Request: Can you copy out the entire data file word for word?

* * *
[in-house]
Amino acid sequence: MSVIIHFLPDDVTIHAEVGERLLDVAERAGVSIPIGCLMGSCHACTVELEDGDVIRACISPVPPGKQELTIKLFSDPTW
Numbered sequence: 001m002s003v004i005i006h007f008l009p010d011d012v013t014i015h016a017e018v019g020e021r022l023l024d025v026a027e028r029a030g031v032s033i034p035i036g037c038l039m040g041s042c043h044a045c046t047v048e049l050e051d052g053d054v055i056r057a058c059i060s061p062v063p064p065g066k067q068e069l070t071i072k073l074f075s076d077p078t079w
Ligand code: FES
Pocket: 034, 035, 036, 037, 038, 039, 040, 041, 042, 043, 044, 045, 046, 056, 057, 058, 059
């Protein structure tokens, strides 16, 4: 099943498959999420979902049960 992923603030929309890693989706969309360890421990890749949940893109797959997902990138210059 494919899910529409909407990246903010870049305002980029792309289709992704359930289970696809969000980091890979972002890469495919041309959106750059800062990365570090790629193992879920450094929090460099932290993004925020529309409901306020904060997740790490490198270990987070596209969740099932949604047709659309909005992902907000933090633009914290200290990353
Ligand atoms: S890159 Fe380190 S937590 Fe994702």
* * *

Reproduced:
[in-house]
Amino acid sequence: MSVIIHFLPDDVTIHAEVGERLLDVAERAGVSIPIGCLMGSCHACTVELEDGDVIRACISPVPPGKQELTIKLFSDPTW
Numbered sequence: 001m002s003v004i005i006h007f008l009p010d011d012v013t014i015h016a017e018v019g020e021r022l023l024d025v026a027e028r029a030g031v032s033i034p035i036g037c038l039m040g041s042c043h044a045c046t047v048e049l050e051d052g053d054v055i056r057a058c059i060s061p062v063p064p065g066k067q068e069l070t071i072k073l074f075s076d077p078t079w
Ligand code: FES
Pocket: 034, 035, 036, 037, 038, 039, 040, 041, 042, 043, 044, 045, 046, 056, 057, 058, 059
């Protein structure tokens, strides 16, 4: 099943498959999420979902049960 992923603030929309890693989706969309360890421990890749949940893109797959997902990138210059 494919899910529409909407990246903010870049305002980029792309289709992704359930289970696809969000980091890979972002890469495919041309959106750059800062990365570090790629193992879920450094929090460099932290993004925020529309409901306020904060997740790490490198270990987070596209969740099932949604047709659309909005992902907000933090633009914290200290990353
Ligand atoms: S890159 Fe380190 S937590 Fe994702």